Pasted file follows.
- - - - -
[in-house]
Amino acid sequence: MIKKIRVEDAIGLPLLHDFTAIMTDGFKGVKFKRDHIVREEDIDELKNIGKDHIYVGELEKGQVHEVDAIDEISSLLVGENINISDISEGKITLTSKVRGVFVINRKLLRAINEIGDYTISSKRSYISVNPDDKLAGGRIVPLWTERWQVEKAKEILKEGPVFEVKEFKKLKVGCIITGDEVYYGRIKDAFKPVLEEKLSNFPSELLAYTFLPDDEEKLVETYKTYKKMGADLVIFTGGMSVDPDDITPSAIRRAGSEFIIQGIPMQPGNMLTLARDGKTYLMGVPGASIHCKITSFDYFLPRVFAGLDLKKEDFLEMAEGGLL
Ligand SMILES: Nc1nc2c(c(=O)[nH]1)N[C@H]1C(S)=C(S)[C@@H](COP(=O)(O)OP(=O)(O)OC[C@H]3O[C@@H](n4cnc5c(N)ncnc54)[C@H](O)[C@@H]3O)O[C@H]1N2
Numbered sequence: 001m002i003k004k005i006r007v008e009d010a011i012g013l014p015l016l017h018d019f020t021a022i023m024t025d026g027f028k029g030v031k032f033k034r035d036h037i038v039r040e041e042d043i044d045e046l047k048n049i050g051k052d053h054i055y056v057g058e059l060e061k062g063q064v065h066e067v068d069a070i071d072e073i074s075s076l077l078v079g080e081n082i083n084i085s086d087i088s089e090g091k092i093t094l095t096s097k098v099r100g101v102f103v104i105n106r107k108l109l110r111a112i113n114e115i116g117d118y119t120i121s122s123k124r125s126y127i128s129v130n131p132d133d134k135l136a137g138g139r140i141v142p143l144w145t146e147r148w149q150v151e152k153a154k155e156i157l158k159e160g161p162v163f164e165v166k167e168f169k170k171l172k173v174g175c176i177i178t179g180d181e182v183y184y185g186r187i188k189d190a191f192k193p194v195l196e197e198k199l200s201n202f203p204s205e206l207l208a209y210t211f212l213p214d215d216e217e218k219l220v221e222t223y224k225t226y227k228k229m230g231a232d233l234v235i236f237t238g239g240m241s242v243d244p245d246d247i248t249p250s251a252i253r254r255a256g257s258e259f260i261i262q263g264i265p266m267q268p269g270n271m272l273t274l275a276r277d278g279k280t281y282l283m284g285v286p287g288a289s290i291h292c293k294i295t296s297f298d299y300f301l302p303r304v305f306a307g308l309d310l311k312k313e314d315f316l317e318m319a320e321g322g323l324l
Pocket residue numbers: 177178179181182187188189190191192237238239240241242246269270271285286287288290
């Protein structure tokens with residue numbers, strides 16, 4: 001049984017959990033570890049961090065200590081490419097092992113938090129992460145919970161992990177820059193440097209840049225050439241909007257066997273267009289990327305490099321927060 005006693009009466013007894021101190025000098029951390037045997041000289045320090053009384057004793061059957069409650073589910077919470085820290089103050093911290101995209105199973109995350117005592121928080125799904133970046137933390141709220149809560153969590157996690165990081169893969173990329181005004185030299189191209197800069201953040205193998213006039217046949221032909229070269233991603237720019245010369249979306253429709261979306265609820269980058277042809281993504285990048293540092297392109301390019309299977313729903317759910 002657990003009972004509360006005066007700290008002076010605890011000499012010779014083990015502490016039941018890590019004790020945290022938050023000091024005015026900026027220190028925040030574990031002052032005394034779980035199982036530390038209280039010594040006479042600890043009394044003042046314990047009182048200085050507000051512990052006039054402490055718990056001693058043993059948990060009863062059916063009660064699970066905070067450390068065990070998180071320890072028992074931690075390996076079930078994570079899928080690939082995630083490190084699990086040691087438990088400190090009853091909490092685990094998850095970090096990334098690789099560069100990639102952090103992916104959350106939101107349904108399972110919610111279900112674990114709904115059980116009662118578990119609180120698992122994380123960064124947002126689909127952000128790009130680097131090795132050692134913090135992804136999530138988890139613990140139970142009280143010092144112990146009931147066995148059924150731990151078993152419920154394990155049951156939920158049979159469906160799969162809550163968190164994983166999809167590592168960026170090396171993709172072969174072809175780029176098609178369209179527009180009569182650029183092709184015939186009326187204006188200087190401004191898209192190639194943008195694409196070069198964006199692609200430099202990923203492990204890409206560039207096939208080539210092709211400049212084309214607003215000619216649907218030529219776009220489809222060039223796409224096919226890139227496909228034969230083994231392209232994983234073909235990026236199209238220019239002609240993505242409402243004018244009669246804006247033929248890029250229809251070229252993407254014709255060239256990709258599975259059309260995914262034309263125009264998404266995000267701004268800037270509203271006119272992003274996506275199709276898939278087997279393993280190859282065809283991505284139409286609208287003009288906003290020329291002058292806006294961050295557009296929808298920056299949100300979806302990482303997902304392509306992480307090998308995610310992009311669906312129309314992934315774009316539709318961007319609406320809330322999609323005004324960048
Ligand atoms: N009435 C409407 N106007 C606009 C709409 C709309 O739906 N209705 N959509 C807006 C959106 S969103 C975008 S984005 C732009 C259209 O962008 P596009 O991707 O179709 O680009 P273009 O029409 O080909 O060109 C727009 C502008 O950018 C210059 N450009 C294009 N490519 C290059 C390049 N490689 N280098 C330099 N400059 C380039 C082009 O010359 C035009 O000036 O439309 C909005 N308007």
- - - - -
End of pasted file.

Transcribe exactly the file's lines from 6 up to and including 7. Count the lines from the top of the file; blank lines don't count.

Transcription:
């Protein structure tokens with residue numbers, strides 16, 4: 001049984017959990033570890049961090065200590081490419097092992113938090129992460145919970161992990177820059193440097209840049225050439241909007257066997273267009289990327305490099321927060 005006693009009466013007894021101190025000098029951390037045997041000289045320090053009384057004793061059957069409650073589910077919470085820290089103050093911290101995209105199973109995350117005592121928080125799904133970046137933390141709220149809560153969590157996690165990081169893969173990329181005004185030299189191209197800069201953040205193998213006039217046949221032909229070269233991603237720019245010369249979306253429709261979306265609820269980058277042809281993504285990048293540092297392109301390019309299977313729903317759910 002657990003009972004509360006005066007700290008002076010605890011000499012010779014083990015502490016039941018890590019004790020945290022938050023000091024005015026900026027220190028925040030574990031002052032005394034779980035199982036530390038209280039010594040006479042600890043009394044003042046314990047009182048200085050507000051512990052006039054402490055718990056001693058043993059948990060009863062059916063009660064699970066905070067450390068065990070998180071320890072028992074931690075390996076079930078994570079899928080690939082995630083490190084699990086040691087438990088400190090009853091909490092685990094998850095970090096990334098690789099560069100990639102952090103992916104959350106939101107349904108399972110919610111279900112674990114709904115059980116009662118578990119609180120698992122994380123960064124947002126689909127952000128790009130680097131090795132050692134913090135992804136999530138988890139613990140139970142009280143010092144112990146009931147066995148059924150731990151078993152419920154394990155049951156939920158049979159469906160799969162809550163968190164994983166999809167590592168960026170090396171993709172072969174072809175780029176098609178369209179527009180009569182650029183092709184015939186009326187204006188200087190401004191898209192190639194943008195694409196070069198964006199692609200430099202990923203492990204890409206560039207096939208080539210092709211400049212084309214607003215000619216649907218030529219776009220489809222060039223796409224096919226890139227496909228034969230083994231392209232994983234073909235990026236199209238220019239002609240993505242409402243004018244009669246804006247033929248890029250229809251070229252993407254014709255060239256990709258599975259059309260995914262034309263125009264998404266995000267701004268800037270509203271006119272992003274996506275199709276898939278087997279393993280190859282065809283991505284139409286609208287003009288906003290020329291002058292806006294961050295557009296929808298920056299949100300979806302990482303997902304392509306992480307090998308995610310992009311669906312129309314992934315774009316539709318961007319609406320809330322999609323005004324960048
Ligand atoms: N009435 C409407 N106007 C606009 C709409 C709309 O739906 N209705 N959509 C807006 C959106 S969103 C975008 S984005 C732009 C259209 O962008 P596009 O991707 O179709 O680009 P273009 O029409 O080909 O060109 C727009 C502008 O950018 C210059 N450009 C294009 N490519 C290059 C390049 N490689 N280098 C330099 N400059 C380039 C082009 O010359 C035009 O000036 O439309 C909005 N308007």